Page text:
Low Microphone volume level


K

kreed

After searching many forum sites it has become apparent that this is a
problem for a huge number of Win7 users

With the volume level and the db boost at max the microphone barely
registers a signal

This problem has been reported constantly since Win7 was in beta

There are lots of suggestions on these forum sites but none of them solve
the problem except in cases were people have the wrong settings

As the hardware (PC plus mic) work well with other OSs it is must be Win7 as
it occurs with different sound cards

Has anyone seen a solution that actually works?

K
 
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G

Gene E. Bloch

After searching many forum sites it has become apparent that this is a
problem for a huge number of Win7 users

With the volume level and the db boost at max the microphone barely
registers a signal

This problem has been reported constantly since Win7 was in beta

There are lots of suggestions on these forum sites but none of them solve
the problem except in cases were people have the wrong settings

As the hardware (PC plus mic) work well with other OSs it is must be Win7 as
it occurs with different sound cards

Has anyone seen a solution that actually works?

K
Are you plugging the microphone into a microphone input or a line-level
input?

Unamplified microphones output a few millivolts, line level expects a
hundred mv or more.
 
J

J. P. Gilliver (John)

In message <[email protected]>, Gene E. Bloch
As the hardware (PC plus mic) work well with other OSs it is must be Win7 as
it occurs with different sound cards
[]
Are you plugging the microphone into a microphone input or a line-level
input?
[]
I suspect he isn't using a different input under 7 to that he is using
with "other OSs" (-:.
 
G

Gene E. Bloch

In message <[email protected]>, Gene E. Bloch
As the hardware (PC plus mic) work well with other OSs it is must be Win7 as
it occurs with different sound cards
[]
Are you plugging the microphone into a microphone input or a line-level
input?
[]
I suspect he isn't using a different input under 7 to that he is using
with "other OSs" (-:.
True.

Still, ISTM that maybe he is: it isn't clear that it's the same
computer. He could mean "(the same) PC" plus mic, or "(a new) PC" plus
mic, as I read (or misread) it. However, the mention of several sound
cards does argue against me.

<SPECULATION>
Also, there is a possibility that the input has more than one function,
mic or line, configurable somewhere. I know I have seen outputs referred
to as "earphone or line out" (e.g., on my netbook), but I'm not sure I
believe it literally.
</SPECULATION>

Anyway, if I'm wrong, the OP will surely ignore me :)

And if he is using a line input, it's certainly no worse than mistakes I
have made...
 
J

J. P. Gilliver (John)

In message <[email protected]>, Gene E. Bloch
True.

Still, ISTM that maybe he is: it isn't clear that it's the same
computer. He could mean "(the same) PC" plus mic, or "(a new) PC" plus
mic, as I read (or misread) it. However, the mention of several sound
cards does argue against me.

<SPECULATION>
Also, there is a possibility that the input has more than one function,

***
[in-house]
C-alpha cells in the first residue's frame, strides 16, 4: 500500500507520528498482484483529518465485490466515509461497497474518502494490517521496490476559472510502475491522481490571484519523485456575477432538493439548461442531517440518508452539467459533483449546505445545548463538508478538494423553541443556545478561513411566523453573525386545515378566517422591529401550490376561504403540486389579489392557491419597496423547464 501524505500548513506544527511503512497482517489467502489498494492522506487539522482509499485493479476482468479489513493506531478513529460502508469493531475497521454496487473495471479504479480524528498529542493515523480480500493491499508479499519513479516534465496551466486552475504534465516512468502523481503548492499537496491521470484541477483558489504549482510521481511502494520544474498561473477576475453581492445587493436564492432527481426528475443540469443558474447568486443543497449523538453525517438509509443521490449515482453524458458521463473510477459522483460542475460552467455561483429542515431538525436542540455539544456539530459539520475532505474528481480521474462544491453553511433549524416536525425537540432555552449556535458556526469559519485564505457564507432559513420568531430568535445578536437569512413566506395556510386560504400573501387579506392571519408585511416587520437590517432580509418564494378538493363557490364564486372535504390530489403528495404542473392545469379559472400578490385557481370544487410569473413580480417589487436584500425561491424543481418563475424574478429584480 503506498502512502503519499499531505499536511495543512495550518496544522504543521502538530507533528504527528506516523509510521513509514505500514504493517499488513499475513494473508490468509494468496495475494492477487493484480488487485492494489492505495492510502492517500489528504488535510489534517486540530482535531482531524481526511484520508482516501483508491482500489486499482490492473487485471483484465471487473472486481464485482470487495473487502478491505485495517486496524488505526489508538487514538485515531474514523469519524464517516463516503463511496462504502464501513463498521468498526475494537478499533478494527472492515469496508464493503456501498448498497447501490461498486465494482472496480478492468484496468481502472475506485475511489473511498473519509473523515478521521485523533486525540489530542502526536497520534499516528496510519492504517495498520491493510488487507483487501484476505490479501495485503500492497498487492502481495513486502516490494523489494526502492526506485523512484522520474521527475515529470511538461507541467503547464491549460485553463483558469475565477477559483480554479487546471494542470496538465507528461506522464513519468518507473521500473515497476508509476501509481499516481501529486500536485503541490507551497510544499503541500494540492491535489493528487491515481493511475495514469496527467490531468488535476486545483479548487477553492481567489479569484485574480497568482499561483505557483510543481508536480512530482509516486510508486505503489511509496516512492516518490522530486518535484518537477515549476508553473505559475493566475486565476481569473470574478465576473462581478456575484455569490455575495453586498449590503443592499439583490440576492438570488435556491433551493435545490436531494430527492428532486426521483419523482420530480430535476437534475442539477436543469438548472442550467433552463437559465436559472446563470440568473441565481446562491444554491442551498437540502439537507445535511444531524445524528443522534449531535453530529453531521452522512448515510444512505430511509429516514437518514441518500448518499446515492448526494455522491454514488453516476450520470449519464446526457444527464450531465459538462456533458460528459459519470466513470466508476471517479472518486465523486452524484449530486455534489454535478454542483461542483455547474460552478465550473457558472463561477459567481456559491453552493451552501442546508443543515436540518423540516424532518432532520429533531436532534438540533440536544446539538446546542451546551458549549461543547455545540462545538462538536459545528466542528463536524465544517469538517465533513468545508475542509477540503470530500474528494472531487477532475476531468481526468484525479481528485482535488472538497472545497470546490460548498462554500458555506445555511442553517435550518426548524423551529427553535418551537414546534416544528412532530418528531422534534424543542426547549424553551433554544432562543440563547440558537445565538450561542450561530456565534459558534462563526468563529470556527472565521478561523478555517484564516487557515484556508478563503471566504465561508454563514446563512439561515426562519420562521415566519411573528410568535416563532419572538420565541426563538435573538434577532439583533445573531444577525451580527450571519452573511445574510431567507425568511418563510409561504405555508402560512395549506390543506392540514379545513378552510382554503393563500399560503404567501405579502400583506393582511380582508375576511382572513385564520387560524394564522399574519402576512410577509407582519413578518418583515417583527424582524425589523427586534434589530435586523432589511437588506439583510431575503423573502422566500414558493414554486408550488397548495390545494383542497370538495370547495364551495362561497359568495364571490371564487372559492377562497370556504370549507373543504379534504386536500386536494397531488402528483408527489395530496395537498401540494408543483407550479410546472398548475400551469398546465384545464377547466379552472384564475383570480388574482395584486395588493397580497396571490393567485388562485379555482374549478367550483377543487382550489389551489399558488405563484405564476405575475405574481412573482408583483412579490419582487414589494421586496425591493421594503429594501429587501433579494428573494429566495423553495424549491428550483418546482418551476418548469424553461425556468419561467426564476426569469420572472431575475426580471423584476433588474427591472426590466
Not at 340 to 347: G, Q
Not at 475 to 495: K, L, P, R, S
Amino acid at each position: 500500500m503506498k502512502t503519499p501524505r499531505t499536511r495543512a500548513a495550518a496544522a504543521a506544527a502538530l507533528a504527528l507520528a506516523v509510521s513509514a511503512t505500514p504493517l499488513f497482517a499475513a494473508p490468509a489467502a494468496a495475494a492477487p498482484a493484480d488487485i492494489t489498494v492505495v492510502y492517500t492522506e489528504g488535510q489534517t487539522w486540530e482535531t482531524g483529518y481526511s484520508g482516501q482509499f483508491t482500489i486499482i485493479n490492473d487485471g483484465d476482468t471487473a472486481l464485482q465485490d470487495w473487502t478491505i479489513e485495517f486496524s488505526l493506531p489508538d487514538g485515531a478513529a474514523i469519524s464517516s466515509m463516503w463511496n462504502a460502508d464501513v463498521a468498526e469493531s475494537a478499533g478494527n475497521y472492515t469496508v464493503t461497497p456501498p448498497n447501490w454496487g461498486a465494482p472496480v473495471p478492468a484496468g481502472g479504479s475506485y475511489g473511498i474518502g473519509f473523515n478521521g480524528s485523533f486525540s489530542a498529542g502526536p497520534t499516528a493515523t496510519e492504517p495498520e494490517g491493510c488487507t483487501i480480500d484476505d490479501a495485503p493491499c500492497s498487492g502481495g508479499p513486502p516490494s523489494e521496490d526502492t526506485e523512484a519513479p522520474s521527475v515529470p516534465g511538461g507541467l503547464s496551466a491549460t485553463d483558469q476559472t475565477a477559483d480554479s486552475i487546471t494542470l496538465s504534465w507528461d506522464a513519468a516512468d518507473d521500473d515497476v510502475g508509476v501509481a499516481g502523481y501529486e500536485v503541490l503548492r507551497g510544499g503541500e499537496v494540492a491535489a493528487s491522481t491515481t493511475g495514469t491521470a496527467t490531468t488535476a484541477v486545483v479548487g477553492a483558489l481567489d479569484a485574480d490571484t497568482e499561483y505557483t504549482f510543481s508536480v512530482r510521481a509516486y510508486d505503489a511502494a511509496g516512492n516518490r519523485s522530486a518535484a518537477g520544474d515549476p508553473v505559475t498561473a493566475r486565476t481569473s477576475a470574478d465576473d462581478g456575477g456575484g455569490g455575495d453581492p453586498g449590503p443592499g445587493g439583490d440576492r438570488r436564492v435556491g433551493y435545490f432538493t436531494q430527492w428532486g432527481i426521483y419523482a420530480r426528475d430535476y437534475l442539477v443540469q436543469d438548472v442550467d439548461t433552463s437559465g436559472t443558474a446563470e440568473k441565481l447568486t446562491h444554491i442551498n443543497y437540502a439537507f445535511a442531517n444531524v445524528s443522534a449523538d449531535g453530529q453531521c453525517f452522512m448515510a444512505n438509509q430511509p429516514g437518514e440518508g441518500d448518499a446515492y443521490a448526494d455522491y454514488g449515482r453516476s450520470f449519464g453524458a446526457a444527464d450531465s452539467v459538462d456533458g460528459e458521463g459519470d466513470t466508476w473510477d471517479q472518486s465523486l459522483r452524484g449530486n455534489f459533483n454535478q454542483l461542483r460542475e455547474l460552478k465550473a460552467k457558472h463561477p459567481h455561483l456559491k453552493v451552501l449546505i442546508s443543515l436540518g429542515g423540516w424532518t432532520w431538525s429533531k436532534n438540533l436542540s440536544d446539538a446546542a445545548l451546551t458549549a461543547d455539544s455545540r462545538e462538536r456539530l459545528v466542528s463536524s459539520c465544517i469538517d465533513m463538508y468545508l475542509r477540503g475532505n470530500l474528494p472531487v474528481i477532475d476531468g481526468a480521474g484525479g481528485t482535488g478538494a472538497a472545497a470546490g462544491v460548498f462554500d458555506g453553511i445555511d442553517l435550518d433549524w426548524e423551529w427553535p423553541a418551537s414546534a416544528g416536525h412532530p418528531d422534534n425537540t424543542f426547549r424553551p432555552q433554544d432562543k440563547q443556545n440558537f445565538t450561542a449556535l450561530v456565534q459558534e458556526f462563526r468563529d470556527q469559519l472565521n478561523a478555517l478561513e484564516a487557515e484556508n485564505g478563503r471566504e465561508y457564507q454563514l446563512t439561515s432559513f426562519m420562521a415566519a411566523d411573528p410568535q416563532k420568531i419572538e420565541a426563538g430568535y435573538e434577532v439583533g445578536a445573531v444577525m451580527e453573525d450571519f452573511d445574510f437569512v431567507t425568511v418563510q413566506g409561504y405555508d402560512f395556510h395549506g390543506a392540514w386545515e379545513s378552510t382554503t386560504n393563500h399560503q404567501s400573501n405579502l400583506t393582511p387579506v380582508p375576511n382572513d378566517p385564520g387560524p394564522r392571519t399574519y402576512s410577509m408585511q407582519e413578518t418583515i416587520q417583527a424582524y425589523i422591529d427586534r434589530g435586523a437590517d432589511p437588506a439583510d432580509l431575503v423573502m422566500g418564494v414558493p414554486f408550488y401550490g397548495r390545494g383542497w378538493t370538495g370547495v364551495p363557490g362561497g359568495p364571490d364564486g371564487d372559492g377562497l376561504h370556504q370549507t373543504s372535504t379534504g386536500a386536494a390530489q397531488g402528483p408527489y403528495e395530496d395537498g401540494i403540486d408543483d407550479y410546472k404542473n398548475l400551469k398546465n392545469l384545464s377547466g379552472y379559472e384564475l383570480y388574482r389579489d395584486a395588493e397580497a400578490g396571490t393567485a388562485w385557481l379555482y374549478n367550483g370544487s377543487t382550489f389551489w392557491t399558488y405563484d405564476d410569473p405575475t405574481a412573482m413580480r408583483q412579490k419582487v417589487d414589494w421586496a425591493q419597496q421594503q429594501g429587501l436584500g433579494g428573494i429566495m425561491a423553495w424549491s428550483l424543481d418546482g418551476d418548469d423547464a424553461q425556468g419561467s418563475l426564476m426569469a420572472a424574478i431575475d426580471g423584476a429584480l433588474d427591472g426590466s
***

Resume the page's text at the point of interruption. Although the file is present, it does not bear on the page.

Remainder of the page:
mic or line, configurable somewhere. I know I have seen outputs referred
to as "earphone or line out" (e.g., on my netbook), but I'm not sure I
believe it literally.
</SPECULATION>
Actually, it's more than that, so I withdraw my smart-arsedness: I've
seen connections that can be both input and output (not both at once!),
depending on software. They tend to be self-configuring (i. e. depending
what you plug into them), but this may well only work under the right
OSs (presumably the ones that have drivers).

Earphone or line out I could believe: modern (as in the last couple of
decades or so) earphones tend to be 32 ohms, rather than the 8 ohms of
my youth (i. e. just small speakers, really), so could well work from a
line out socket. (What's more irritating - to me, anyway - is the fact
that netbooks [all I think] and the majority of notebooks don't have a
line _in_, only a microphone in, and that often mono too.)
 
C

charlie

In message<[email protected]>, Gene E. Bloch
As the hardware (PC plus mic) work well with other OSs it is must be Win7 as
it occurs with different sound cards []
Are you plugging the microphone into a microphone input or a line-level
input?
[]
I suspect he isn't using a different input under 7 to that he is using
with "other OSs" (-:.
True.

Still, ISTM that maybe he is: it isn't clear that it's the same
computer. He could mean "(the same) PC" plus mic, or "(a new) PC" plus
mic, as I read (or misread) it. However, the mention of several sound
cards does argue against me.

<SPECULATION>
Also, there is a possibility that the input has more than one function,
mic or line, configurable somewhere. I know I have seen outputs referred
to as "earphone or line out" (e.g., on my netbook), but I'm not sure I
believe it literally.
</SPECULATION>

Anyway, if I'm wrong, the OP will surely ignore me :)

And if he is using a line input, it's certainly no worse than mistakes I
have made...
There is another possibly overlooked variant to the problem.
Seems the old AC 97 standard and the "new" HD standard may have
different connections.
The MBD and case I'm using requires both a BIOS setting and a different
header plug to switch from one to the other. (Same case cable, with two
either or connectors at the MBD end.) I seem to remember that there is a
difference between the standards at the microphone jack that is used for
both. At least that's what RealTeks chip data sheet showed.
 
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K

kreed

<SPECULATION>
Also, there is a possibility that the input has more than one function,
mic or line, configurable somewhere. I know I have seen outputs referred
to as "earphone or line out" (e.g., on my netbook), but I'm not sure I
believe it literally.